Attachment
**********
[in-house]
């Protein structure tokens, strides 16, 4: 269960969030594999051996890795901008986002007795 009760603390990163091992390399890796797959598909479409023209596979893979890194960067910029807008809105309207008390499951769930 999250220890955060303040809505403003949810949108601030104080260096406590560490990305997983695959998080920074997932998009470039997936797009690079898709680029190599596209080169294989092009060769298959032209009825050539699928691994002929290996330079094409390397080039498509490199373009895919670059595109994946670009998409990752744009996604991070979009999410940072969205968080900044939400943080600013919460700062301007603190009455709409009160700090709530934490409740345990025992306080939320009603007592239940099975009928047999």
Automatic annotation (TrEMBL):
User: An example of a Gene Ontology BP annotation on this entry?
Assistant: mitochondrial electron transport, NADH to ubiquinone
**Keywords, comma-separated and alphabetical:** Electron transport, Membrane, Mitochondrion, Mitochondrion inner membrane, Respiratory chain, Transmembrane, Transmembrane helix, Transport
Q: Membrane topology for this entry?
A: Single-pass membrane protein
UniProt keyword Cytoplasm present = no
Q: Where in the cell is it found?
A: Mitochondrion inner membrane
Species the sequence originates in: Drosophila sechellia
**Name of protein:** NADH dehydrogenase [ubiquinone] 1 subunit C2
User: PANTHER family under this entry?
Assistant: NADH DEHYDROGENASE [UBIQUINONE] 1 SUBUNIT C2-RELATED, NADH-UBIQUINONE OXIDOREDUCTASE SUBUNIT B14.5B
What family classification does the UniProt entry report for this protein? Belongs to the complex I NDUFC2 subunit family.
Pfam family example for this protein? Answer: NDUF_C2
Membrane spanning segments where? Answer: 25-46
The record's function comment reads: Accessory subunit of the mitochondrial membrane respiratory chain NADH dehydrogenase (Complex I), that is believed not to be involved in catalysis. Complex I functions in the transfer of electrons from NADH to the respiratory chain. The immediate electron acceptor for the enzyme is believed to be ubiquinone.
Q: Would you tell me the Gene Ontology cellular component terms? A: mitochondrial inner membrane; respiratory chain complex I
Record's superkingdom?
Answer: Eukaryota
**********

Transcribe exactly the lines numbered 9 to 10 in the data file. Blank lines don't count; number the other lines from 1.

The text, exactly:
UniProt keyword Cytoplasm present = no
Q: Where in the cell is it found?